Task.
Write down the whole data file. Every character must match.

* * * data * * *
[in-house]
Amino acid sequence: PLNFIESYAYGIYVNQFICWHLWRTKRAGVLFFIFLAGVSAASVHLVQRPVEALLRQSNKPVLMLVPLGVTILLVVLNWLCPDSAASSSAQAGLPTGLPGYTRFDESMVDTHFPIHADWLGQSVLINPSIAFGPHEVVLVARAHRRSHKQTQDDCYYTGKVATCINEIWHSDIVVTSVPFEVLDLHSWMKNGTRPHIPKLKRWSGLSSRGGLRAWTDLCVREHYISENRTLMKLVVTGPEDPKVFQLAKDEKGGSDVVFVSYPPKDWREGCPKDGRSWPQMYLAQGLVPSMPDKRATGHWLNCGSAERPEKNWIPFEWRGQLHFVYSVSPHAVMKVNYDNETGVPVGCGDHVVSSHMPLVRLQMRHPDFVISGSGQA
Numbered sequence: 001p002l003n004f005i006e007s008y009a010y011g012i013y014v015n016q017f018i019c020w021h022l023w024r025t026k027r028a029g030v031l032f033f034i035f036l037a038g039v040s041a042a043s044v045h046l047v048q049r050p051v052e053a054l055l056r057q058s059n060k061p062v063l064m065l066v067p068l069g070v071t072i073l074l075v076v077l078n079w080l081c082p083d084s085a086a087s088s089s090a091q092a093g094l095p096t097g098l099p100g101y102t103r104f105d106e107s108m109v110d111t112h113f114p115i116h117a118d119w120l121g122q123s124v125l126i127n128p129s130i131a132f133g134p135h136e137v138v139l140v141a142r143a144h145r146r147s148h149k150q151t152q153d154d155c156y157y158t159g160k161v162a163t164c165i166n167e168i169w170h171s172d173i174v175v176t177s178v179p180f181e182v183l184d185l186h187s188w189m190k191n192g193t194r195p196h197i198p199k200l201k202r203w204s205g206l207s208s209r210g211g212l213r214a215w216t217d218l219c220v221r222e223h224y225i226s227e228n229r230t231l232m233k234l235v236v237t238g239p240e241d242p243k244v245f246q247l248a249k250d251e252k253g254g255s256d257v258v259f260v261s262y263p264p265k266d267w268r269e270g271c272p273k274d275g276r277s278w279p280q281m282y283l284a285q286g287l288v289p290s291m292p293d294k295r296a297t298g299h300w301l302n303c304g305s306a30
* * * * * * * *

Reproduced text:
[in-house]
Amino acid sequence: PLNFIESYAYGIYVNQFICWHLWRTKRAGVLFFIFLAGVSAASVHLVQRPVEALLRQSNKPVLMLVPLGVTILLVVLNWLCPDSAASSSAQAGLPTGLPGYTRFDESMVDTHFPIHADWLGQSVLINPSIAFGPHEVVLVARAHRRSHKQTQDDCYYTGKVATCINEIWHSDIVVTSVPFEVLDLHSWMKNGTRPHIPKLKRWSGLSSRGGLRAWTDLCVREHYISENRTLMKLVVTGPEDPKVFQLAKDEKGGSDVVFVSYPPKDWREGCPKDGRSWPQMYLAQGLVPSMPDKRATGHWLNCGSAERPEKNWIPFEWRGQLHFVYSVSPHAVMKVNYDNETGVPVGCGDHVVSSHMPLVRLQMRHPDFVISGSGQA
Numbered sequence: 001p002l003n004f005i006e007s008y009a010y011g012i013y014v015n016q017f018i019c020w021h022l023w024r025t026k027r028a029g030v031l032f033f034i035f036l037a038g039v040s041a042a043s044v045h046l047v048q049r050p051v052e053a054l055l056r057q058s059n060k061p062v063l064m065l066v067p068l069g070v071t072i073l074l075v076v077l078n079w080l081c082p083d084s085a086a087s088s089s090a091q092a093g094l095p096t097g098l099p100g101y102t103r104f105d106e107s108m109v110d111t112h113f114p115i116h117a118d119w120l121g122q123s124v125l126i127n128p129s130i131a132f133g134p135h136e137v138v139l140v141a142r143a144h145r146r147s148h149k150q151t152q153d154d155c156y157y158t159g160k161v162a163t164c165i166n167e168i169w170h171s172d173i174v175v176t177s178v179p180f181e182v183l184d185l186h187s188w189m190k191n192g193t194r195p196h197i198p199k200l201k202r203w204s205g206l207s208s209r210g211g212l213r214a215w216t217d218l219c220v221r222e223h224y225i226s227e228n229r230t231l232m233k234l235v236v237t238g239p240e241d242p243k244v245f246q247l248a249k250d251e252k253g254g255s256d257v258v259f260v261s262y263p264p265k266d267w268r269e270g271c272p273k274d275g276r277s278w279p280q281m282y283l284a285q286g287l288v289p290s291m292p293d294k295r296a297t298g299h300w301l302n303c304g305s306a30